Getting blue speech bubbles in your Messages app, instead of green ones from non-iPhones, is presumably Apple’s method of embedding devices. But more than that, Apple Wallet is suddenly becoming the reason to keep using an iPhone – it keeps the device sticky so existing owners don’t go bankrupt. It’s been a slow burn to create this must-have app, but now with its hook in a few key areas like Apple Pay, ID cards, and event tickets, it can become increasingly difficult to live without with the Apple Wallet.
While attending a baseball game in San Diego Padres recently, I noticed how prominent Apple Wallet is now for event tickets. Ticketmaster, for example, is quick to suggest using Apple Wallet in a location in case connectivity is limited or unavailable. This was also the same coverage across all sports for a Warriors NBA Finals game.
We’re getting to 10 years since Apple originally introduced Passbook, which turned into Apple Wallet in 2015. Android phones can handle tickets and NFC payments just fine, but the number of users is lagging behind Apple’s because functionality is split between Google, Samsung and others who provide wallet apps.
With the foundations laid over the past decade, Apple is stepping on the accelerator to make Apple Wallet inescapable, for better or for worse. Apps may soon receive identity and age verification (powered by the rollout of digital driver’s licenses); flying and other government checkpoints should be faster; and a pay later service is available. These things are all made possible to make Apple Wallet on iPhone a familiar and important part of everyday life.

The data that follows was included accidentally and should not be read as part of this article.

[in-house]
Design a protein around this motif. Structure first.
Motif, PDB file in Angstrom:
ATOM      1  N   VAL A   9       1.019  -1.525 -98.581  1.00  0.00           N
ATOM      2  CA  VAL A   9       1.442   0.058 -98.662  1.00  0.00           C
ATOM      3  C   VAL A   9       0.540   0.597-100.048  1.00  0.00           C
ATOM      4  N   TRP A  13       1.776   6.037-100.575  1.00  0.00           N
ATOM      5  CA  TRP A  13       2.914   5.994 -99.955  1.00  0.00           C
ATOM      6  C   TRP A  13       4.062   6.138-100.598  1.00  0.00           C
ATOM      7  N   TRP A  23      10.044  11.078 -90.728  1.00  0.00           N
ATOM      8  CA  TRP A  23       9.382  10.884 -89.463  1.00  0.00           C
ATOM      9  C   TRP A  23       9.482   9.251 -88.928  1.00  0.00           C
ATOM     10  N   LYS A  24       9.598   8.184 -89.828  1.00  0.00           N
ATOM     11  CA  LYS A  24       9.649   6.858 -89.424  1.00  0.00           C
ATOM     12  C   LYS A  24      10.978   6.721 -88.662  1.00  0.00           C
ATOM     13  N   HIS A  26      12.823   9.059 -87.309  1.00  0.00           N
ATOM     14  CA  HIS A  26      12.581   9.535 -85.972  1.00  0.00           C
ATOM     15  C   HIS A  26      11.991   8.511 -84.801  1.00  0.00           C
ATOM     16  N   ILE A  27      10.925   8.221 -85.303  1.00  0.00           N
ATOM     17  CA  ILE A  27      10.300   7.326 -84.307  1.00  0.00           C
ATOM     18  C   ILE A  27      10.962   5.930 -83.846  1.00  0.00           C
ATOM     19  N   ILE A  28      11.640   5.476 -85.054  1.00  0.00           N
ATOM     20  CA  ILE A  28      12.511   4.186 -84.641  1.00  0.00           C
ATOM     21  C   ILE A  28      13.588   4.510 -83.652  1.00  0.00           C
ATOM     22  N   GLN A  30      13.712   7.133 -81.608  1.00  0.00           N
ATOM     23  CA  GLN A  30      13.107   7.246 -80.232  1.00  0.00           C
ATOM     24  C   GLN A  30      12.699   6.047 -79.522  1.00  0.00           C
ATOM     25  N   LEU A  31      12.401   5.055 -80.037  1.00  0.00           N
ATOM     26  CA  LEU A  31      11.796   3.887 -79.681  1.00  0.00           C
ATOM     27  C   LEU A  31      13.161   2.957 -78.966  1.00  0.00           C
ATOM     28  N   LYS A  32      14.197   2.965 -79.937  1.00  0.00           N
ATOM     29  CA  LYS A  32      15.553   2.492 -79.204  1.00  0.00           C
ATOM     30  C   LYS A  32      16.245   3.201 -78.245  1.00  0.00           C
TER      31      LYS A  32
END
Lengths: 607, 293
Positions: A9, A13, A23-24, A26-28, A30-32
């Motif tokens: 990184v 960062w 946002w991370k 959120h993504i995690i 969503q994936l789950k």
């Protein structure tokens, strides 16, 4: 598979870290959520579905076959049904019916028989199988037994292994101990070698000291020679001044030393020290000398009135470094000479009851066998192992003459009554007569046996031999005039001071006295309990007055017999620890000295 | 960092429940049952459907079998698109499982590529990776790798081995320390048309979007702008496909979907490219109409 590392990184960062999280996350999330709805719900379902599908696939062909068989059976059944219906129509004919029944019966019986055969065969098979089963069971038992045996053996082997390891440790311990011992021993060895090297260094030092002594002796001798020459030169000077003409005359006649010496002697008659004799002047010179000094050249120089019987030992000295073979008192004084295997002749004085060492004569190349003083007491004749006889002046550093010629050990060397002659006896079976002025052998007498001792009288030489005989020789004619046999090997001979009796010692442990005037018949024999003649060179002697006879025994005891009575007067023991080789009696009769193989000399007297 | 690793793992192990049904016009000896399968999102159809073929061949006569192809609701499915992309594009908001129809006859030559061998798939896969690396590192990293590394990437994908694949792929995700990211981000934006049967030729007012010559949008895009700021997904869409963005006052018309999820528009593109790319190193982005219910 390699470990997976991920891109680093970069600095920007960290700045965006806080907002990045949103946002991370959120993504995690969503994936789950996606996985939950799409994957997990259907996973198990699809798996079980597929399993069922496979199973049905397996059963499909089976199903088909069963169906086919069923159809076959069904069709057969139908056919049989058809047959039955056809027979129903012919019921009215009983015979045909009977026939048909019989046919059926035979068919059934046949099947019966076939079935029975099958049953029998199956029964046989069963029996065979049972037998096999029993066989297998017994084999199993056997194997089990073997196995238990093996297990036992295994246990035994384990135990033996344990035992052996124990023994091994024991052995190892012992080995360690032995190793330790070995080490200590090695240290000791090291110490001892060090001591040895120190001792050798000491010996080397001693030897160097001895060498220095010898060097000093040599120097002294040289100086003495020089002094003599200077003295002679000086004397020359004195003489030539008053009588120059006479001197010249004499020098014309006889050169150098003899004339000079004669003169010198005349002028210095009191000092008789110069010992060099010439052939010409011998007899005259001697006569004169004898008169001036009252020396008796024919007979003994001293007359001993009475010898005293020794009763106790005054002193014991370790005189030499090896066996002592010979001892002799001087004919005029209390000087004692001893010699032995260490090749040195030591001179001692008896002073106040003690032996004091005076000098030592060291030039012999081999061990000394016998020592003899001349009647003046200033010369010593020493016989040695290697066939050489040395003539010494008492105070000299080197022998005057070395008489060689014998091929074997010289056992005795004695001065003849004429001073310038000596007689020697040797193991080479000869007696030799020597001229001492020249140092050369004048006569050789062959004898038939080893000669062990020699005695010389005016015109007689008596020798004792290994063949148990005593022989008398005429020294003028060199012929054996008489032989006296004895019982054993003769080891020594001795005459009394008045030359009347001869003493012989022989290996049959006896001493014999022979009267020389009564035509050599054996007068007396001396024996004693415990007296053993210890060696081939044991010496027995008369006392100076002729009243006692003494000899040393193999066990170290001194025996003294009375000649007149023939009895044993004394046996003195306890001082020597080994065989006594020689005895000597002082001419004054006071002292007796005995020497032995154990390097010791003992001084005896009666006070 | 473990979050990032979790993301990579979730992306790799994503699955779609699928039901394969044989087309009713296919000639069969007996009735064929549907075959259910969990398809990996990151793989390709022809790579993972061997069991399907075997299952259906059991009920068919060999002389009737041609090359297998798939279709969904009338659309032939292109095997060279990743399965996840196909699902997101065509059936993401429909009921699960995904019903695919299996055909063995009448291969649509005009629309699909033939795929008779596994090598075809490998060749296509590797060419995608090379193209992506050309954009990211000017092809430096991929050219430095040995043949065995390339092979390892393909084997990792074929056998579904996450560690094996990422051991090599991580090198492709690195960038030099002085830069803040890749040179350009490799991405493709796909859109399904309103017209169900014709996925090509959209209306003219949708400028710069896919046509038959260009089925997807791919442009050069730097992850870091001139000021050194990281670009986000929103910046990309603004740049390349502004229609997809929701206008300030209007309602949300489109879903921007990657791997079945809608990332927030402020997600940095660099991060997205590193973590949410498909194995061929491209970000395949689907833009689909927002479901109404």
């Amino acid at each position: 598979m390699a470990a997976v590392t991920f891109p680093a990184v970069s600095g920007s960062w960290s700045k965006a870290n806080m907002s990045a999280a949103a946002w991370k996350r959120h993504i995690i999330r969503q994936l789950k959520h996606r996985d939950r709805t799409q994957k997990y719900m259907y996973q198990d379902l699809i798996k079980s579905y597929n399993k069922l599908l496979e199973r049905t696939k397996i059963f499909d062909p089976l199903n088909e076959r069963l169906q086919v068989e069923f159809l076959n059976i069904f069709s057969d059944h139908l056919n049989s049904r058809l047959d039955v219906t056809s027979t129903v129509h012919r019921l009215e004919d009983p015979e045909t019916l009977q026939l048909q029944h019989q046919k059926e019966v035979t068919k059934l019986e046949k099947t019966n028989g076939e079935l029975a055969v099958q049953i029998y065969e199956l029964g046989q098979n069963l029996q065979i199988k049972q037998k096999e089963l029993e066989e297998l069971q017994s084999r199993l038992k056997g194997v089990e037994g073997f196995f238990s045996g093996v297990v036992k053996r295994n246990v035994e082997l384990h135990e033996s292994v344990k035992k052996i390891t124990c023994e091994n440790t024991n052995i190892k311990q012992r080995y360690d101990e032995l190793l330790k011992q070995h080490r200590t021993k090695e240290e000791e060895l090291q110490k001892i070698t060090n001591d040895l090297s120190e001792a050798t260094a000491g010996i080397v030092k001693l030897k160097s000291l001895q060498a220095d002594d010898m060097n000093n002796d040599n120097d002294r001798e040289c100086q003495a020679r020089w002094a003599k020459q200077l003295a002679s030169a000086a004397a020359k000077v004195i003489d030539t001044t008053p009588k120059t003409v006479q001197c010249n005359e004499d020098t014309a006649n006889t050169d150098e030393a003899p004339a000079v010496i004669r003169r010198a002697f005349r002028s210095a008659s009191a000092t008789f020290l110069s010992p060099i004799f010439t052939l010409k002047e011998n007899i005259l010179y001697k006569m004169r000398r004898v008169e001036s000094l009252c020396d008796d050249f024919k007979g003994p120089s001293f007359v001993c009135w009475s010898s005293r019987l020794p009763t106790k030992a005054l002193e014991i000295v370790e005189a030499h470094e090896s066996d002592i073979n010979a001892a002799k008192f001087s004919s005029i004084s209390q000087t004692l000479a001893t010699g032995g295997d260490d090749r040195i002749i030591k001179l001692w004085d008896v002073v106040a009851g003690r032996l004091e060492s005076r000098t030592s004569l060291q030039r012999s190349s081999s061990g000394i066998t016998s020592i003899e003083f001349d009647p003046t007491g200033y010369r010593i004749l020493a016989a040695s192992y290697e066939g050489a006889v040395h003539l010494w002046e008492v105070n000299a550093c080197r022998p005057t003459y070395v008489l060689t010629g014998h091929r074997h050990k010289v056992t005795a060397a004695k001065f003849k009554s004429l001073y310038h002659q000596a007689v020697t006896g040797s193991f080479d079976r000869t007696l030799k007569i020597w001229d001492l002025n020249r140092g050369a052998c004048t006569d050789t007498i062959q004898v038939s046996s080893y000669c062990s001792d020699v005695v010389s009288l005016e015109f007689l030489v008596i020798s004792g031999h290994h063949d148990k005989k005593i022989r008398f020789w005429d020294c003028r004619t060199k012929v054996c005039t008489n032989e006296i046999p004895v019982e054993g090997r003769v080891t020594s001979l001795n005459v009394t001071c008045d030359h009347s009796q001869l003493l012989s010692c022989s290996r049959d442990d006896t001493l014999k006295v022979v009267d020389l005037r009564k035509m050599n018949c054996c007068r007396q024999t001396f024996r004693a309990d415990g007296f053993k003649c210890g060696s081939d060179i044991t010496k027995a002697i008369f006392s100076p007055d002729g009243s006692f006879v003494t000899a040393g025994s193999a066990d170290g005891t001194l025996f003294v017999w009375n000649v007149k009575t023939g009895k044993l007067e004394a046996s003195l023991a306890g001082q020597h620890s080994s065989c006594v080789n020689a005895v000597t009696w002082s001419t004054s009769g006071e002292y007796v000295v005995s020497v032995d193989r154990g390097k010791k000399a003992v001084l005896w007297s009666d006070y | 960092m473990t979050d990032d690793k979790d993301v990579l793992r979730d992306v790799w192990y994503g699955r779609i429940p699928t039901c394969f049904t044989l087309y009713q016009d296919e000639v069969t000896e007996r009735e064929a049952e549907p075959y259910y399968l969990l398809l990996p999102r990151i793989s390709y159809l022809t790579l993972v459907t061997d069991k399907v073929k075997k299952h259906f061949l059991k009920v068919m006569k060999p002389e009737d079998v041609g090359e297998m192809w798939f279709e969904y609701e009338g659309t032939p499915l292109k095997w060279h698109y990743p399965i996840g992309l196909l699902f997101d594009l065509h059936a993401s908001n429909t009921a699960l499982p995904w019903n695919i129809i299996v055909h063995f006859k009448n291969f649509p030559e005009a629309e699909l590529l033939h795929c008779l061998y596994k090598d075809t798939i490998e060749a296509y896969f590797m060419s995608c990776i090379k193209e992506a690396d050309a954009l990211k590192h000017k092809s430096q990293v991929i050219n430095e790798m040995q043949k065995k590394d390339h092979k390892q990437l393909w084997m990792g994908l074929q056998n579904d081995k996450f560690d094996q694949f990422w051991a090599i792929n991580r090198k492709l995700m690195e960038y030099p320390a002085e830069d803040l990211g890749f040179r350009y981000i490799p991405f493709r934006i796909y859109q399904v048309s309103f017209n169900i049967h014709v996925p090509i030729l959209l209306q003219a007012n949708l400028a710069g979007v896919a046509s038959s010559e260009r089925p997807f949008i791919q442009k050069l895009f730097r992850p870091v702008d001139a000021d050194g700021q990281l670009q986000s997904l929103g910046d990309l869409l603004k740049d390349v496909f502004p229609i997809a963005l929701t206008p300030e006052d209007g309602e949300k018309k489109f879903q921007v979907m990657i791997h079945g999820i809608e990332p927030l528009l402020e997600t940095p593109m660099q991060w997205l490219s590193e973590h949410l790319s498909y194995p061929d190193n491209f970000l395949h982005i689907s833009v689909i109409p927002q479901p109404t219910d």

State ID cards and driver’s licenses have finally gone digital. Arizona and Maryland are among the first states in the US to allow residents to add these state-issued cards to Apple Wallet. More than a dozen other states are currently in the process of enabling digitization from mid-2022 as well. At first, this advancement feels a little scary, but so far Apple has shown that it builds these experiences with solid security in mind.
In addition, the benefits of having a digital driver’s license or identity card can be enormous. In June, Apple showed at its developers conference how someone could buy alcohol using only an app with a government-sanctioned ID in Apple Wallet, because the app could verify that a person is over 21 years old.
These new software hooks that developers can use to get Wallet-specific answers about someone allow people to keep their date of birth and address secret, but can still confirm, for example, that they are over a certain age. In this way, digital IDs are more secure than handing a card to a bartender in person. Theoretically, this future would mean that a police officer, TSA agent, or any food service app can verify only the information they need, and nothing more.
A new feature coming to Apple Wallet is Apple Pay Later. As the name suggests, people using Apple’s contactless payment system don’t have to pay the full amount for their purchase and can put some money off until later, over time.